A 22-year-old became his city’s first openly gay mayor. Now, he’s running for Congress
Alex Morse became his city’s first openly gay mayor when he was elected almost a decade ago at the age of 22. Now, he’s running for Congress.
Morse was elected mayor of Holyoke, Massachusetts after beating an incumbent who was more than three times his age.
Now 31, Morse is facing off against US representative Richard Neal to represent the 1st Congressional District of Massachusetts in Congress.
The gay candidate advocates for Medicare for All, the legalisation of marijuana and wants to see student debts cancelled.
Crucially, he also wants to see the Immigration and Customs Enforcement Agency (ICE) defunded.
Gay Democrat Alex Morse said coronavirus has ‘illuminated existing disparities and inequalities’ in American society.
“The pandemic and how it’s manifesting and impacting our communities in many ways just crystallises why I’m running for Congress in the first place and who our federal government should be looking out for and working for,” Morse told the Jewish Telegraphic Agency.
“I think it’s illuminated already existing disparities and inequalities in our communities that need to be addressed.”
Morse has been interested in politics since he served as the student representative on his district’s school board.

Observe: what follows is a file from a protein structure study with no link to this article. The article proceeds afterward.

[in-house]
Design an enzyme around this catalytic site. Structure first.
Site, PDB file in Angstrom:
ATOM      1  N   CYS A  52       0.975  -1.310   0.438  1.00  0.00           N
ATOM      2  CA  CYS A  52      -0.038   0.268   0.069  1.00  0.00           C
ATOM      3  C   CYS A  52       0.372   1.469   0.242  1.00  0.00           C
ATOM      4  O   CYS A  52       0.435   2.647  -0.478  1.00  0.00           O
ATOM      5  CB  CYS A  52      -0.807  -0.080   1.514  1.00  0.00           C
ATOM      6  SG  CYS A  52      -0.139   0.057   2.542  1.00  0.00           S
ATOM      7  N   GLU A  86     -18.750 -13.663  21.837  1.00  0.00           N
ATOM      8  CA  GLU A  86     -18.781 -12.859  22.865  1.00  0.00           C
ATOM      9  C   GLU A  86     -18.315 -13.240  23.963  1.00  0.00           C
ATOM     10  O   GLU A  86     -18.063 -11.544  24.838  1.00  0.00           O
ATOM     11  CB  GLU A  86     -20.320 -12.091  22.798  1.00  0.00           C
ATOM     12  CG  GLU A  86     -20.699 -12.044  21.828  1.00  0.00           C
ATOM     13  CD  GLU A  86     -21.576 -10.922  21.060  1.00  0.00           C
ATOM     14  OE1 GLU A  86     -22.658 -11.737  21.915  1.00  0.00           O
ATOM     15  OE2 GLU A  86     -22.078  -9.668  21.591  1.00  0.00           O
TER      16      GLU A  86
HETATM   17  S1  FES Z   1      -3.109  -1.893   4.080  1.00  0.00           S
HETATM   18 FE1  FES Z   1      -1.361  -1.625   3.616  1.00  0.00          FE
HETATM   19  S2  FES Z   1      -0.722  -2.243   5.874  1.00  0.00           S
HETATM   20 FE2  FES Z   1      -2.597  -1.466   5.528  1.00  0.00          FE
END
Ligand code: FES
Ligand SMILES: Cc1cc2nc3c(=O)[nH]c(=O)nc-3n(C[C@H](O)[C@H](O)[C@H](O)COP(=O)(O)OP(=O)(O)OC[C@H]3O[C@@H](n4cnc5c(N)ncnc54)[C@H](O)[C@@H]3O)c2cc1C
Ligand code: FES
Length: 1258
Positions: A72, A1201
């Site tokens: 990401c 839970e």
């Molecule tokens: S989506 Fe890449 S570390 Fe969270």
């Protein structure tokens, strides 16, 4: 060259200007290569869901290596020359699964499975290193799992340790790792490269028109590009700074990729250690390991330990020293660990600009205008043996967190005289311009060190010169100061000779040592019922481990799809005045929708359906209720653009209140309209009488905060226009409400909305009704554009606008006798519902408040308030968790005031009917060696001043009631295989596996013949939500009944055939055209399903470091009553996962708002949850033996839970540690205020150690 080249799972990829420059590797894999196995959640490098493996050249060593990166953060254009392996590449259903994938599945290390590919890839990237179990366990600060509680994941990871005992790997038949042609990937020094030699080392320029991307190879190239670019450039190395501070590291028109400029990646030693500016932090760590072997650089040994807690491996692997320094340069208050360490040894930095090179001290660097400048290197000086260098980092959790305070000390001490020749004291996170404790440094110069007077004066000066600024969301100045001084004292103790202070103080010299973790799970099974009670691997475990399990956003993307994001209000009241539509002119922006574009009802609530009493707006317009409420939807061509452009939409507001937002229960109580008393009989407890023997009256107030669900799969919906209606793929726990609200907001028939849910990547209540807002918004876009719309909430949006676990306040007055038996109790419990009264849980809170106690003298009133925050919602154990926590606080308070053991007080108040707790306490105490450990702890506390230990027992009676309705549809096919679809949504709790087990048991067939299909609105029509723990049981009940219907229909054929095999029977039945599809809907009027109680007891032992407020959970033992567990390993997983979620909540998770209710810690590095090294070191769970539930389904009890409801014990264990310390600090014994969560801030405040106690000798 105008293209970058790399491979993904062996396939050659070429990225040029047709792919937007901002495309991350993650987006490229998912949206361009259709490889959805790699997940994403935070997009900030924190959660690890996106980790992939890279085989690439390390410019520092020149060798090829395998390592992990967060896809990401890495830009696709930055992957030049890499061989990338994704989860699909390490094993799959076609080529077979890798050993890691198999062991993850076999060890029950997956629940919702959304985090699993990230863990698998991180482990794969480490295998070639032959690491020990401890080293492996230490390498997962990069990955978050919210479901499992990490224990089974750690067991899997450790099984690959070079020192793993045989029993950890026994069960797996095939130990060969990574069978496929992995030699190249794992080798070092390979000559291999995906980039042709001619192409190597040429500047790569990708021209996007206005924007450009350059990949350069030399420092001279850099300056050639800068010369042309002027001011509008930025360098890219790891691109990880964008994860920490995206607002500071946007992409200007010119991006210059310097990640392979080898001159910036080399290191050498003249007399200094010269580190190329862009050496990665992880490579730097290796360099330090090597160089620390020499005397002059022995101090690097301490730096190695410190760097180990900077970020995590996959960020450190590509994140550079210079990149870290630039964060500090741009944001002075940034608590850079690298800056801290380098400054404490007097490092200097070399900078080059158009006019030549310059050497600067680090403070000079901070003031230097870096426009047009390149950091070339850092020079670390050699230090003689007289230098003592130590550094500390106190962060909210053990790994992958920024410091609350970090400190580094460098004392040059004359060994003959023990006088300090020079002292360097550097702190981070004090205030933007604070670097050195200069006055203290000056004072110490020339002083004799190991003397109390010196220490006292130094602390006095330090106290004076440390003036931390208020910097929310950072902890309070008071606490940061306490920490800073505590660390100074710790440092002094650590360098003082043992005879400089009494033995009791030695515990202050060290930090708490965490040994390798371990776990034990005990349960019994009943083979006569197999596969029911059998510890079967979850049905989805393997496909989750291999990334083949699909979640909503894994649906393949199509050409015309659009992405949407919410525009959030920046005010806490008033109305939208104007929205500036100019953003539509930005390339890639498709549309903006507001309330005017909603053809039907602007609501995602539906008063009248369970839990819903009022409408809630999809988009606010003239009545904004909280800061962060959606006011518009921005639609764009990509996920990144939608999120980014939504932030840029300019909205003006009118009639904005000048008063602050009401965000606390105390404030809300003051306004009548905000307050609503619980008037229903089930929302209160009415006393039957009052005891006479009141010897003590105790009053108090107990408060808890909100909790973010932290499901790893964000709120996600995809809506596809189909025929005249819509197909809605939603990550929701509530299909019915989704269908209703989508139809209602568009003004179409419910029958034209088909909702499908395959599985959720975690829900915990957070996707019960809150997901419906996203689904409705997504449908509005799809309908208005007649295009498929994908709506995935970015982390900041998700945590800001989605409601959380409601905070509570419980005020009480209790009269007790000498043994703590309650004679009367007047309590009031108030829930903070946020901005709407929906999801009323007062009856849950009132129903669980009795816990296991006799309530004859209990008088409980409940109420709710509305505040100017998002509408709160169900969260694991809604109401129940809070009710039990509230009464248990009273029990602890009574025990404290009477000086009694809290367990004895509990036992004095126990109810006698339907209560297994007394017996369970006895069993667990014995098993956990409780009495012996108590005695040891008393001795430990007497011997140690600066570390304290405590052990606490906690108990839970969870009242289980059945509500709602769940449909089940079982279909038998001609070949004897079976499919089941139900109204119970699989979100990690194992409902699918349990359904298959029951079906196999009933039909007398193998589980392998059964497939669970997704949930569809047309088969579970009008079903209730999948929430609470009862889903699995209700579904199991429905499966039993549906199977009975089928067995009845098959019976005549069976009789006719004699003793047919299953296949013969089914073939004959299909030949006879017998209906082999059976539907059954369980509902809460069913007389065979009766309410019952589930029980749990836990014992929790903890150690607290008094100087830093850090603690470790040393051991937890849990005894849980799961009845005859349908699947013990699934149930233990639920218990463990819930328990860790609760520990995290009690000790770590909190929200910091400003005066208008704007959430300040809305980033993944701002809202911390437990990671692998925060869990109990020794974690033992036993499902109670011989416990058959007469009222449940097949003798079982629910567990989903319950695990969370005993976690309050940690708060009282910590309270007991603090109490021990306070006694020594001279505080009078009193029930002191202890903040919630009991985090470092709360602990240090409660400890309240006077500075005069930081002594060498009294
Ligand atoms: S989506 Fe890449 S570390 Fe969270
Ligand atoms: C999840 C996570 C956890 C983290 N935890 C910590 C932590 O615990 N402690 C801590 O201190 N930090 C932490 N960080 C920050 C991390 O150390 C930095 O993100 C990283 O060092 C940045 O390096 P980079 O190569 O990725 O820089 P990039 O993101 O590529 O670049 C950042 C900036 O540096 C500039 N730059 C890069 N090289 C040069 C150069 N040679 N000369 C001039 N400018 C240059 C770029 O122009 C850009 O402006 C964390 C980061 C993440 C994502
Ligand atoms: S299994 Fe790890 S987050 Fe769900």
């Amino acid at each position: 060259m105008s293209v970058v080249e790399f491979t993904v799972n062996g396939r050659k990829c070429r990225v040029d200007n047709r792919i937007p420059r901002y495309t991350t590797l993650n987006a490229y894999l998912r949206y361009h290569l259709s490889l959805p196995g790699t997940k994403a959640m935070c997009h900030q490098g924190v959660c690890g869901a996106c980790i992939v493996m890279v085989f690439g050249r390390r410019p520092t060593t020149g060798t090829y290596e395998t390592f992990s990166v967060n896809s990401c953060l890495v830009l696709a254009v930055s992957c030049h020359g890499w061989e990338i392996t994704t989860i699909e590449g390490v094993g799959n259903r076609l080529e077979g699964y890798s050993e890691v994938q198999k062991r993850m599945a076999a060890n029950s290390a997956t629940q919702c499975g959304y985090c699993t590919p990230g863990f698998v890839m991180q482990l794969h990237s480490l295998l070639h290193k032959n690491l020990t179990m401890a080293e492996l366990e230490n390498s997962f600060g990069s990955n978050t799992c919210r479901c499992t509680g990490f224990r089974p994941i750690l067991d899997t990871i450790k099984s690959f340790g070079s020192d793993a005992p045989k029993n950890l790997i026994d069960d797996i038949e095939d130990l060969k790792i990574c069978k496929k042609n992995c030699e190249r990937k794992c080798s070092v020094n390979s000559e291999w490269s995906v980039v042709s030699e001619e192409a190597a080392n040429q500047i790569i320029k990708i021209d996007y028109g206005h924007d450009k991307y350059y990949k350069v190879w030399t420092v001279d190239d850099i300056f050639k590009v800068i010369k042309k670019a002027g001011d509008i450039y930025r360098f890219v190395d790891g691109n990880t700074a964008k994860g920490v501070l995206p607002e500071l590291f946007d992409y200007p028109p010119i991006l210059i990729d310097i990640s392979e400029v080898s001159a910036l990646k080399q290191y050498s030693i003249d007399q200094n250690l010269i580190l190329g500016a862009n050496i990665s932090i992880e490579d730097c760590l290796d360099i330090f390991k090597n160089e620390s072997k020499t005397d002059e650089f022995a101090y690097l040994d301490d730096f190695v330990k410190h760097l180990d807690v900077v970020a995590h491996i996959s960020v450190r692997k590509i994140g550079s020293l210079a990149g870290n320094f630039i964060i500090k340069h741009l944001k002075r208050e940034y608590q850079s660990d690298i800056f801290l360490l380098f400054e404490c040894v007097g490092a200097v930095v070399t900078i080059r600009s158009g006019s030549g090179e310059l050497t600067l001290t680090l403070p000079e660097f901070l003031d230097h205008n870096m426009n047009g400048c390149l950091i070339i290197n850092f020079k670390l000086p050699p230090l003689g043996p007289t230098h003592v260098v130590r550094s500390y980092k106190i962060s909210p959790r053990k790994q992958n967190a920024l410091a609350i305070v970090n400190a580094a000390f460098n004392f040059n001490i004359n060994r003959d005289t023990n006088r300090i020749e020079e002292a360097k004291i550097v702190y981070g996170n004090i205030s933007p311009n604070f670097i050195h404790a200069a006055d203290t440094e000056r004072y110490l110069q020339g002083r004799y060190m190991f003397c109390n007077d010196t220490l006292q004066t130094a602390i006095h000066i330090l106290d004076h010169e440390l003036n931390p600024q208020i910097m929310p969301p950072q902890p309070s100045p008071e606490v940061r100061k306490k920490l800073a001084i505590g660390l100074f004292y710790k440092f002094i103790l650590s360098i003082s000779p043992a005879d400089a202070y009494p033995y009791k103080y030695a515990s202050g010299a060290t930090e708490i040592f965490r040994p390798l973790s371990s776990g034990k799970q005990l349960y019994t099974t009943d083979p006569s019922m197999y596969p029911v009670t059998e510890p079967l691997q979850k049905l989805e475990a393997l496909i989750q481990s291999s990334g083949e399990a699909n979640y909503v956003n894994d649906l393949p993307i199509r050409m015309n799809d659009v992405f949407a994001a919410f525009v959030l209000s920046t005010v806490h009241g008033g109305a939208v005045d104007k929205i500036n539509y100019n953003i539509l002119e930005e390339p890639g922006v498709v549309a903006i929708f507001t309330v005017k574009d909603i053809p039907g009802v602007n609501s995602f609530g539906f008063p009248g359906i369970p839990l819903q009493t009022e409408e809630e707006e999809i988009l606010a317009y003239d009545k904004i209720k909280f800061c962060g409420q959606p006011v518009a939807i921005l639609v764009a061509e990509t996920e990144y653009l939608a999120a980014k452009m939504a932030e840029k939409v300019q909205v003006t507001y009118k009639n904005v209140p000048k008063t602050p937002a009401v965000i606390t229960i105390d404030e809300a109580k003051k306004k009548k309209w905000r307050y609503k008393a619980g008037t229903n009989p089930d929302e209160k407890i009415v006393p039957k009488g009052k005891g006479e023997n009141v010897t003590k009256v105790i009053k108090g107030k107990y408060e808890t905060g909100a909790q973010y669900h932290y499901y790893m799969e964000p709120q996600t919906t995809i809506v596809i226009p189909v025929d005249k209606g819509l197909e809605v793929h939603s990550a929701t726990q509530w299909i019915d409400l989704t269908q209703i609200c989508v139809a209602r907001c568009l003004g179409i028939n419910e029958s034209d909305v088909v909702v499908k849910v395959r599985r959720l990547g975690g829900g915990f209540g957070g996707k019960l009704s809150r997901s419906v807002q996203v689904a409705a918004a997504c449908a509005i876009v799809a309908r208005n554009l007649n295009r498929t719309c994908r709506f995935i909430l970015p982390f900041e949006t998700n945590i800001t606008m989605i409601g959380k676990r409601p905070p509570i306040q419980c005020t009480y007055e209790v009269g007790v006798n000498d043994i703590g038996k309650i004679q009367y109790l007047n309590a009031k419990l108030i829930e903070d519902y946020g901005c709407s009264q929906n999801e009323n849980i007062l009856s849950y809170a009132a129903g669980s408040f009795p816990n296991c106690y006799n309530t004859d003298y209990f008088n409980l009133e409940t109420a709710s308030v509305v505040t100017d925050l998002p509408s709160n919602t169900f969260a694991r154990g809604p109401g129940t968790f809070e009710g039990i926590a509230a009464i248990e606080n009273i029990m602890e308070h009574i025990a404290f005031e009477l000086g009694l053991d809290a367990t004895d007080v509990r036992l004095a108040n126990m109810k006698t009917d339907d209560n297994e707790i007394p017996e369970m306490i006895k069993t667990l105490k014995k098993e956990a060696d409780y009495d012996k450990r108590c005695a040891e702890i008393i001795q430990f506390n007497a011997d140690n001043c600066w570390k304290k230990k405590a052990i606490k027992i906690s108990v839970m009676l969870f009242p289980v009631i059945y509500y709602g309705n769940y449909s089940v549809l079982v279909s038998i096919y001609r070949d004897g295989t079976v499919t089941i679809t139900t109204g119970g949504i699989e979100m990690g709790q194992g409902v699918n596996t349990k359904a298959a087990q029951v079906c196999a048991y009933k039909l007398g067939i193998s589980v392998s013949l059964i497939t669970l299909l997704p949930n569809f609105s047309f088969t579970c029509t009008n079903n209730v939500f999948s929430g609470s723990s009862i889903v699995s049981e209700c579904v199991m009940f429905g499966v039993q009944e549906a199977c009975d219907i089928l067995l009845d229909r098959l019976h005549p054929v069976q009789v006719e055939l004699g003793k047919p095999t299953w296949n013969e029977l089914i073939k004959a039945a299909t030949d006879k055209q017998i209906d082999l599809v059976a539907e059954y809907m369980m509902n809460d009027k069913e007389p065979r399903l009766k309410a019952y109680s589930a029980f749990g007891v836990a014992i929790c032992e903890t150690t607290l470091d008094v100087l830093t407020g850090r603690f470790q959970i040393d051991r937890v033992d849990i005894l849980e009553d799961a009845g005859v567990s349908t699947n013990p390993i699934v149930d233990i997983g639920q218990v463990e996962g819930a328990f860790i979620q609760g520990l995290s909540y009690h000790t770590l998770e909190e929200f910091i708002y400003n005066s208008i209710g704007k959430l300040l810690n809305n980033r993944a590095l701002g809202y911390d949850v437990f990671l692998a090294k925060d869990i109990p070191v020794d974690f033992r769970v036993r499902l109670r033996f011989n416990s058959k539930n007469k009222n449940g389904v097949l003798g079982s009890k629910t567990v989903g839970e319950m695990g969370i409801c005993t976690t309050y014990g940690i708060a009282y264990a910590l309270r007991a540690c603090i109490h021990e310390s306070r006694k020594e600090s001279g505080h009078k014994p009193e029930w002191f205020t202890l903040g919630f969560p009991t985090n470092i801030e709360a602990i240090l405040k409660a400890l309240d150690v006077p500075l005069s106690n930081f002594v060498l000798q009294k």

My coming-out process and finding my voice directly tied to my interest in politics and government and advocacy.
While still in school in Holyoke, he came out as gay – and went on to found his school’s gay-straight alliance, organise a school assembly on LGBT+ issues and worked with politicians on sex education policy.
“I was learning at a young age the power of building coalitions, and of working with other young people to amplify our voice together and the impact it makes to have people working together,” he said.
More from PinkNews
He has an ‘uphill battle’ to win the primary – but he is prepared for any outcome.
“My coming-out process and finding my voice directly tied to my interest in politics and government and advocacy.
“Without those high school experiences, I wouldn’t be as passionate or involved in the work I’m doing today.”
Political analysts claim that Morse has an “uphill battle” to beat his Democrat rival in September’s primary – but he is prepared for any outcome.
He spends his spare time baking, playing tennis, doing yoga, and watching Schitt’s Creek and Queer Eye.
“If this Congress thing doesn’t work out, maybe I’ll just bake more,” he joked.